Disrupters are action-oriented people: impulsive and pragmatic. So, what we need to do is separate style from beliefs. Unfortunately, in the United States, many of us think of the presidency with a mystical view of Camelot. We all know that the one president that we thought was Camelot wasn’t so Camelot – and I’m referring to JFK. We put our presidents on a pedestal. We want them to be the ideal human being in all respects. I’m afraid there is no such animal.

We put our presidents on a pedestal. We want them to be the ideal human being in all respects. I’m afraid there is no such animal.

So let’s take a look at Trump’s style. He’s a bully, but he’s also an earth-shaker. Look what he’s done with tariffs, look what he’s done with North Korea – those are earth-shaking steps forward. Bullies get to do that, politicians don’t. Bureaucrats certainly don’t.

He’s a negotiator. Real Estate, Trump’s background, is a zero sum game and it means there has to be a quid pro quo. If I do something, I want something in return. There is no free lunch – all very New York. He’s impatient, he dislikes process, he’s not interested in the status quo, and he’s action-oriented and impulsive.

Trump is also irreverent. He has broken down the PC culture dramatically. He is focused very much on the self. In other words, one takes responsibility for oneself; we don’t wear our feelings on our sleeves. This really helps people relate to each other.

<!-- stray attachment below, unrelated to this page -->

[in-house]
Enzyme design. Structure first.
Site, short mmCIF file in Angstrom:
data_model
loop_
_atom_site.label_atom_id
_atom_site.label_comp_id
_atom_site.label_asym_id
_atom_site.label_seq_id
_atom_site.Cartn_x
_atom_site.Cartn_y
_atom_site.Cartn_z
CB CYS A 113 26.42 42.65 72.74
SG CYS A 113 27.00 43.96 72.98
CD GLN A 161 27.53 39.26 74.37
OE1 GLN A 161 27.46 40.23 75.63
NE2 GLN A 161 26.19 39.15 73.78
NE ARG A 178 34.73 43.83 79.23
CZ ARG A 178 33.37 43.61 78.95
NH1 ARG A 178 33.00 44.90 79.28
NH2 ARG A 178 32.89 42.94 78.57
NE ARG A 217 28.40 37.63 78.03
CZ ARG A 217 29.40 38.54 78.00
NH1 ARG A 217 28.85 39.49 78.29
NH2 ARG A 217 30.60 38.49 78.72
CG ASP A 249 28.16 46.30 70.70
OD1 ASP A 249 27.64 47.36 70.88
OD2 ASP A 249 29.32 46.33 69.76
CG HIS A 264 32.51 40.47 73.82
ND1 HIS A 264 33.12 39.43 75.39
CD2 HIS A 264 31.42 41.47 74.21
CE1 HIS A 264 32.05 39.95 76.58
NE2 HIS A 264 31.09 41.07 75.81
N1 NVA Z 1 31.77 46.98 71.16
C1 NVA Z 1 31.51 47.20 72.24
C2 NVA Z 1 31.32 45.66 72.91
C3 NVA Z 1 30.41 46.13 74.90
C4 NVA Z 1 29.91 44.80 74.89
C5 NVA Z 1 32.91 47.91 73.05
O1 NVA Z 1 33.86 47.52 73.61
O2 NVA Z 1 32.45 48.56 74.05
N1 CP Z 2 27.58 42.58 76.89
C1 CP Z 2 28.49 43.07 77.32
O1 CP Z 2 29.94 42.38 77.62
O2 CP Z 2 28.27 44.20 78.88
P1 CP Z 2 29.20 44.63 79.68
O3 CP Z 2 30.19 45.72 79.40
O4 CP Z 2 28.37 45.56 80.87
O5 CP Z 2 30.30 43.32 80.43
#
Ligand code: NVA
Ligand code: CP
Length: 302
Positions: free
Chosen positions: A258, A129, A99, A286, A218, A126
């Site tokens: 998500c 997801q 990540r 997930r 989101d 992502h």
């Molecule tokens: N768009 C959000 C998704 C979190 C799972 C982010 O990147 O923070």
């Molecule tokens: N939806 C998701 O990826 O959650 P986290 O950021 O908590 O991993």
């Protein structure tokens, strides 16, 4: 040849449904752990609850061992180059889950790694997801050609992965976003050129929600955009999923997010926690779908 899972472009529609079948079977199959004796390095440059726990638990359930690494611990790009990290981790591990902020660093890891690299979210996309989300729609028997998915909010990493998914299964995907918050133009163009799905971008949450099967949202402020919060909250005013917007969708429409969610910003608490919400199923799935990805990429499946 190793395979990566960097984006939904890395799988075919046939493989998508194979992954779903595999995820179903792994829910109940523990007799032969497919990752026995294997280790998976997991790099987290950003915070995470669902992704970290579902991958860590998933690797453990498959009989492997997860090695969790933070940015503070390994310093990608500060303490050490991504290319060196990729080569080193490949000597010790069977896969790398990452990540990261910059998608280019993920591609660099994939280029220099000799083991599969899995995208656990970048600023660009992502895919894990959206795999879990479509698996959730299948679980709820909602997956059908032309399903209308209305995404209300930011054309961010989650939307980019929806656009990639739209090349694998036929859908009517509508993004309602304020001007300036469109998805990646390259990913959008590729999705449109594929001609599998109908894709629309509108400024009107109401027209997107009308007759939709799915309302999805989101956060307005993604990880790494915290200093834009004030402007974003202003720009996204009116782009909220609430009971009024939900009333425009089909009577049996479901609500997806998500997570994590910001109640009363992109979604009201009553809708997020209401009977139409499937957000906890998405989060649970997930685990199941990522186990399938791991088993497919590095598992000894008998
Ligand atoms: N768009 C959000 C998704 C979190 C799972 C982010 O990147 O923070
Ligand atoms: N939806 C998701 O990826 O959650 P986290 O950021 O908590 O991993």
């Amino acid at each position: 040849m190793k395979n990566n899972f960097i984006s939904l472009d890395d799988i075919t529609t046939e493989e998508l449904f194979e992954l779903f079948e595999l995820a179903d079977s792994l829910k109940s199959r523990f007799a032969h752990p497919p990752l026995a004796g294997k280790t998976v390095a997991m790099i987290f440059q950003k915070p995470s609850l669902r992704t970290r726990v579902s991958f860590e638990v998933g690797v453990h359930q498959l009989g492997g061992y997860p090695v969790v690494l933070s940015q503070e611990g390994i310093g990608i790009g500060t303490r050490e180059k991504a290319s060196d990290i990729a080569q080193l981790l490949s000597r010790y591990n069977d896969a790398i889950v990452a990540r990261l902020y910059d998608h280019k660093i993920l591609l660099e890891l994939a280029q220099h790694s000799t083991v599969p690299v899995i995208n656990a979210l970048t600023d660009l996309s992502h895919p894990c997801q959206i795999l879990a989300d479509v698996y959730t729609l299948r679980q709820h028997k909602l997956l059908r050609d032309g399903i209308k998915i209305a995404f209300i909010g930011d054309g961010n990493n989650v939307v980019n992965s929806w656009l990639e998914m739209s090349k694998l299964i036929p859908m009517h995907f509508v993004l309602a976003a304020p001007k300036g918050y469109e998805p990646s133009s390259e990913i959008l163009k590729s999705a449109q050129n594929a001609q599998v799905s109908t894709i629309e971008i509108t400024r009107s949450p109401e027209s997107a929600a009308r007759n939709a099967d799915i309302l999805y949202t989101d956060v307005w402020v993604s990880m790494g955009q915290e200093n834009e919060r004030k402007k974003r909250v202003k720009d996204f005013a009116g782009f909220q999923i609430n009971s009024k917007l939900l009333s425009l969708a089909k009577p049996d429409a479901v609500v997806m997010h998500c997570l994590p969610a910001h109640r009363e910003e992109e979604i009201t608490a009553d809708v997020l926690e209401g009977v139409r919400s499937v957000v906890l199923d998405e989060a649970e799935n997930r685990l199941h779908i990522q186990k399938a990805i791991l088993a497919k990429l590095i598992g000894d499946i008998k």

Trump is also irreverent. He has broken down the PC culture dramatically. 

Trump is pragmatic and opportunistic. He’s more open to new ideas than you can possibly imagine. If you read between the lines, he’s forever having people march through the White House with ideas ­– with challenges. There is a certain tumult going on in which we see people leaving, people coming. In my estimation, this is the result of challenging people on ideas and how to get them done.

Trump is not afraid to raise issues, and he forces discussion, sometimes too publicly. A good example is gun control. He’s pushed for one item, and then another ­– how many times has he been all over the map? Of course, the journalists don’t like that at all, they want consistency. But what happens is he listens and he hears. In the case of gun control, he’s had many sessions in the White House where he has sat and listened to the people. Everyone has a say. And this is important. But, he’s also a little like the cow that gives a gorgeous can of milk and then kicks the bucket over. I can’t tell you the number of times I say, “Oh my gosh he’s just shot himself in the foot”. But this is the character of the man.

Trump is not afraid to raise issues, and he forces discussion, sometimes too publicly.

But what are his beliefs? He has very strong beliefs. You see this in his moves and the moves of his government, which is very significant.

He has very strong beliefs. You see this in his moves and the moves of his government, which is very significant.